It's Official: Flying Squid Can Actually Fly (Not Just Jump)

February 11, 2013

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Yay, now let's fill the oceans with concrete and put a stop to this madness.

I wrote about flying squid way back in 2010, but now they're back in the news after marine biologists have confirmed that the squids are actually flying (up to 30m/98-feet!) when they leap out of the water and not just jumping. *waving finger* Mother Nature, did you have something to do with this?! "Tehehehehe." Dammit woman, what did I tell you? "Wear a bra." You're like 4-billion years old, nobody wants to see that.

According to the researchers, the squid is able to accomplish this by shooting a powerful jet of water out from their funnel-like stems. Once they're out of the water, they glide by spreading out their fins and arms. This configuration creates aerodynamic lift, enabling the squid to keep a stable arc on its flight. Consequently, the researchers say the squid is truly flying, and not just jumping. And indeed, the technique allows the squid to remain airborne for as much as three seconds at a time.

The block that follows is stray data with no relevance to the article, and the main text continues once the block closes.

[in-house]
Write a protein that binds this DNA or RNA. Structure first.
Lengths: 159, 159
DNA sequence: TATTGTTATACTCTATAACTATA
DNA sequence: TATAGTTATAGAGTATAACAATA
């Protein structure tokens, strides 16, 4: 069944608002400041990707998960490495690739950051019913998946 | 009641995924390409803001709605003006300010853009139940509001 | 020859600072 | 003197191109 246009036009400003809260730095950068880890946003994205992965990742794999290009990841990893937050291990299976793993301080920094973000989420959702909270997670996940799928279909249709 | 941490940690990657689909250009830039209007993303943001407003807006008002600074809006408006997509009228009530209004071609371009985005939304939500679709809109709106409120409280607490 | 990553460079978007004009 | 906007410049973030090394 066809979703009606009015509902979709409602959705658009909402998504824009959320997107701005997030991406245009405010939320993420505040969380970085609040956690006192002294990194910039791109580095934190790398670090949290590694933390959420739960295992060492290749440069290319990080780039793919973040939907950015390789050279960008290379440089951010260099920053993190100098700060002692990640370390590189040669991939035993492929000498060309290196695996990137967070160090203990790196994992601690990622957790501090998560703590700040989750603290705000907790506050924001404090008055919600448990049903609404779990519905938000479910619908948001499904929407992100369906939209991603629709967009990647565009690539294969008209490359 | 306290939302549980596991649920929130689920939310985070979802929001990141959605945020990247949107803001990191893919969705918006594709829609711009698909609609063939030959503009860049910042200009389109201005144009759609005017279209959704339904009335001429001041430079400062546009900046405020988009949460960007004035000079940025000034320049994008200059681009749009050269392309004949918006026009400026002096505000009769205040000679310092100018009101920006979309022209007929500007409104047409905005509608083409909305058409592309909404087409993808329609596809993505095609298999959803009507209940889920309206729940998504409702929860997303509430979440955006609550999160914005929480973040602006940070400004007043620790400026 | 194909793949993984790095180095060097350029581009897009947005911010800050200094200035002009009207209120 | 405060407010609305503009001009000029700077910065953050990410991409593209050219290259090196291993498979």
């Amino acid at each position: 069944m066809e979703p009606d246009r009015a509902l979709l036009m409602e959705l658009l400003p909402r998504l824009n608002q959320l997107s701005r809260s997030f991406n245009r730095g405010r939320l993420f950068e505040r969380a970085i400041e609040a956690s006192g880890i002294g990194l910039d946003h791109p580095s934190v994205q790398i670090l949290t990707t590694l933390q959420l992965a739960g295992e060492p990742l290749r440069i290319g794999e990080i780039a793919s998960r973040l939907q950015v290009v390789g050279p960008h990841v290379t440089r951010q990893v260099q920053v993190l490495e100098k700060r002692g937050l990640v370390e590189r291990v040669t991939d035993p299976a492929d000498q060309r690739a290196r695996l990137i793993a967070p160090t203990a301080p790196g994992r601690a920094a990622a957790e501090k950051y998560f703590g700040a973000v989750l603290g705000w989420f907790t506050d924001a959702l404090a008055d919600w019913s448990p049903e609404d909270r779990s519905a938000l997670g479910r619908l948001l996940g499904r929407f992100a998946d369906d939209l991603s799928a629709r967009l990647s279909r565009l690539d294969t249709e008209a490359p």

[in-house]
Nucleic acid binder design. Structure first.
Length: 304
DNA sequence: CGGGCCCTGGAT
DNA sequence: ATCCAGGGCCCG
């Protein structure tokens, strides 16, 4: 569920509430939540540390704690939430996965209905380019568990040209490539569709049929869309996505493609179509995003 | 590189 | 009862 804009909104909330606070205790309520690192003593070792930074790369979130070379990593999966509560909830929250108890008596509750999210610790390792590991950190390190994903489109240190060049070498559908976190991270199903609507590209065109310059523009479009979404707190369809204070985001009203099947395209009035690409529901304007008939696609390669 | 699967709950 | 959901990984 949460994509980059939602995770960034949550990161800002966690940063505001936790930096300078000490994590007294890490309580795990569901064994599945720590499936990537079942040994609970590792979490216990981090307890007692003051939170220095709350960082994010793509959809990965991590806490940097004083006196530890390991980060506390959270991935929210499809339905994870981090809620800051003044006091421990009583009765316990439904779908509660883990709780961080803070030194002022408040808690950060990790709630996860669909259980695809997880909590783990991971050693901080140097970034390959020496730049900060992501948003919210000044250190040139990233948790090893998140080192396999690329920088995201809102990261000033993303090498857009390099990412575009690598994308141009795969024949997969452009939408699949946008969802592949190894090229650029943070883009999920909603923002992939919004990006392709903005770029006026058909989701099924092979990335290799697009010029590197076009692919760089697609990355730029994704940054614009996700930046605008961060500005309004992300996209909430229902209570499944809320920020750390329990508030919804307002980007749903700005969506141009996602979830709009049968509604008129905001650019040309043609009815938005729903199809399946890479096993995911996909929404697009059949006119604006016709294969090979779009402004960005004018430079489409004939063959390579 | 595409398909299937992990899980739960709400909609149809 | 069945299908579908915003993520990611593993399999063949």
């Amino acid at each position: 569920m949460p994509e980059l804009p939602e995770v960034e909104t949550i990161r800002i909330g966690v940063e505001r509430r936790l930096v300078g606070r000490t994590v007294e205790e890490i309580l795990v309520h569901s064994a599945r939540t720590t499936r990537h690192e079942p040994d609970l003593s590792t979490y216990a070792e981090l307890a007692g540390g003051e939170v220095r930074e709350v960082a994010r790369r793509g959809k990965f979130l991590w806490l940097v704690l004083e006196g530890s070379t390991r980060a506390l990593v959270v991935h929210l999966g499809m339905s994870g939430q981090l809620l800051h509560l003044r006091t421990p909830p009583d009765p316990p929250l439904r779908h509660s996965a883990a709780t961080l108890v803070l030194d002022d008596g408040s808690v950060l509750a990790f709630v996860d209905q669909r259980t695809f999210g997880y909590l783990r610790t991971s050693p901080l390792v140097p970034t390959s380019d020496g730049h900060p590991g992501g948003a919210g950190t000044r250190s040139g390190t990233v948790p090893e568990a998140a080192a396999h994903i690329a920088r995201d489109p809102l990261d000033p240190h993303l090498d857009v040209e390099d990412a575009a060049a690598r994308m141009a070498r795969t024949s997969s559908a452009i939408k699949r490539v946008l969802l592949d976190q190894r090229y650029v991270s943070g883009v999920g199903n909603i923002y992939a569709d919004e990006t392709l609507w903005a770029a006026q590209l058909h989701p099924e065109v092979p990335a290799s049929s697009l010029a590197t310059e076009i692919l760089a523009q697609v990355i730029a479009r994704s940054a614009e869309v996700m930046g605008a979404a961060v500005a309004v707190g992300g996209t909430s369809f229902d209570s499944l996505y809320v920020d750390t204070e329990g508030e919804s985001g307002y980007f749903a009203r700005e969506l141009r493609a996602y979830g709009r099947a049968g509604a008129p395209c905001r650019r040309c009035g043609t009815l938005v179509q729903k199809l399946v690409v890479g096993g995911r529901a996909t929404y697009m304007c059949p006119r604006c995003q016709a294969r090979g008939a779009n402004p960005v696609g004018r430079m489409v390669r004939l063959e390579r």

Great, so now even the squids are flying. And look at us -- still walking around on two legs like a bunch of losers. "Speak for yourself." What, you can fly now? "No, but I'm not a loser." Why is it every time I try to include you and I in the same group you refuse? "We're mutually exclusive." Wait -- are you telling me you want to see other people?!

Hit the jump for a closeup of one of the little flyers and a diagram explaining how the squids do it.

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Thanks to Catherine, who agrees as soon as whales start flying, well, it's time to lasso one and ride it to the moon.

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